More important than the Heisman, however, Jones was able to lead Alabama to a national championship win over Ohio State where he completed 80% of his passes for 464 yards and five touchdowns. In that victory, he set national championship records in passing yards and completions. 

Bill Belichick attended his pro day

This should have been one of the main clues that pointed to New England’s interest in the player. The Patriots had a number of scouts and assistant coaches attending a wide array of pro days of quarterbacks that could be available to the team in the first round. However, the only pro day which Bill Belichick attended was Jones’. He and offensive coordinator Josh McDaniels both watched as he showed a number of NFL evaluators what he brings to the table. 

Of course, the relationship between Belichick and Alabama head coach Nick Saban is well-documented. That relationship almost certainly helped facilitate New England coming to this decision to ultimately bring Jones aboard. 

One of the more pleasant surprises of the 2020 season was the emergence of running back Damien Harris. He is set to take on a larger role in the Patriots backfield this coming season and could be doing so with Jones as his quarterback. That should be a familiar circumstance for both of these players as they were teammates at Alabama and have developed a kinship. While speaking to reporters following his selection to New England, Jones noted that he and Harris are “pretty much best friends.”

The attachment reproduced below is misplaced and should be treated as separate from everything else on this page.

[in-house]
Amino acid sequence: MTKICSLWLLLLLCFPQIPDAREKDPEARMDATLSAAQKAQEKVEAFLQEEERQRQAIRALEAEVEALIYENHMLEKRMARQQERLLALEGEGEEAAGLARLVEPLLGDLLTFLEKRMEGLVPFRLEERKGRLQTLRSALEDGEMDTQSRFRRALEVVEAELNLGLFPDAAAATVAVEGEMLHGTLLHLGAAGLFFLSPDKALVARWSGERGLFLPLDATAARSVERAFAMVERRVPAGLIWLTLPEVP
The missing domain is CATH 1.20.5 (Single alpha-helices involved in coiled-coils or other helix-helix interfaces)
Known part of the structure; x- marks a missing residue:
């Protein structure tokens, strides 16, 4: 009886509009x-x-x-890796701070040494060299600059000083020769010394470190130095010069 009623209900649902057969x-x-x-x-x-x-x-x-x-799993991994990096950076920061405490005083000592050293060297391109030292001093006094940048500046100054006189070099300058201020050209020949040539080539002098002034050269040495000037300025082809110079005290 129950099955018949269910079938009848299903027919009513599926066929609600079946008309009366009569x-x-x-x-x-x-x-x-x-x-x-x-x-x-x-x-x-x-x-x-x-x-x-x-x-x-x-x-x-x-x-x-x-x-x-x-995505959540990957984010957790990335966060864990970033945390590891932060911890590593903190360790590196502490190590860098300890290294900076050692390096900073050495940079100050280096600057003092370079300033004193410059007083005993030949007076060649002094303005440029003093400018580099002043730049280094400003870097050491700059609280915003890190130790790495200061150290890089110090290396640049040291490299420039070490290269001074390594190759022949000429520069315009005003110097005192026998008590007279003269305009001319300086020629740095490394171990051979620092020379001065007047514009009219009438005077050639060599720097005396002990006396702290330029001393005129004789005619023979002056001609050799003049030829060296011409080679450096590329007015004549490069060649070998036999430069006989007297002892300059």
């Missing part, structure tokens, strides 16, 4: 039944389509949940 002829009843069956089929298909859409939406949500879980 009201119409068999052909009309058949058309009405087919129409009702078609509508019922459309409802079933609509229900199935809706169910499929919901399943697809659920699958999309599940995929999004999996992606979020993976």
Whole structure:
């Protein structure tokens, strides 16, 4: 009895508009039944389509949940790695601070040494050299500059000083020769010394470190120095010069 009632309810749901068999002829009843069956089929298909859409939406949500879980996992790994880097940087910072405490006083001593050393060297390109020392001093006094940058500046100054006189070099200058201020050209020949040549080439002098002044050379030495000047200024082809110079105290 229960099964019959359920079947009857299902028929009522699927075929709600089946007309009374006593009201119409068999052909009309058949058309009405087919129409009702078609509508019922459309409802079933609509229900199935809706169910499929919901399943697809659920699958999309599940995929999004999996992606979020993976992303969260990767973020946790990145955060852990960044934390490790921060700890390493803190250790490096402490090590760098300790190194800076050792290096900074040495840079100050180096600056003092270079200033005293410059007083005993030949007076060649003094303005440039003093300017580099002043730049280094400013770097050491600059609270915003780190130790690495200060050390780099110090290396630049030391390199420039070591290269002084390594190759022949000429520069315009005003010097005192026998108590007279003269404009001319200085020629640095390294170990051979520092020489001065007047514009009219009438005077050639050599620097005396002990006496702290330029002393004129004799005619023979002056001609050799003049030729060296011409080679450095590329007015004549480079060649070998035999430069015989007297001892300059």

Harris was quick to share his excitement about the pick on social media. 

In 10 games (all starts) last season, Harris rushed for 691 yards and two touchdowns on five yards per carry. 

Scouting report

Strengths

  • Stocky build in pads.
  • Overall mechanics, from footwork to hip rotation to delivery were very good. Usually delivered throws in a compact, effortless motion.
  • Zero issues about his ability to read and react to defensive coverages. Understood how to play off safeties. Rarely made bad decisions on who to throw to.
  • Also did a good job of not forcing a lot of throws when under duress — took sacks and threw passes out of bounds when he had to.
  • Polished in his maneuvering of the pocket and fearless from throwing when pressure was in his kitchen. Kept eyes downfield consistently and had a good sense for the pass rush, buying time and shifting away from it when necessary and delivering an accurate throw when about to get hit.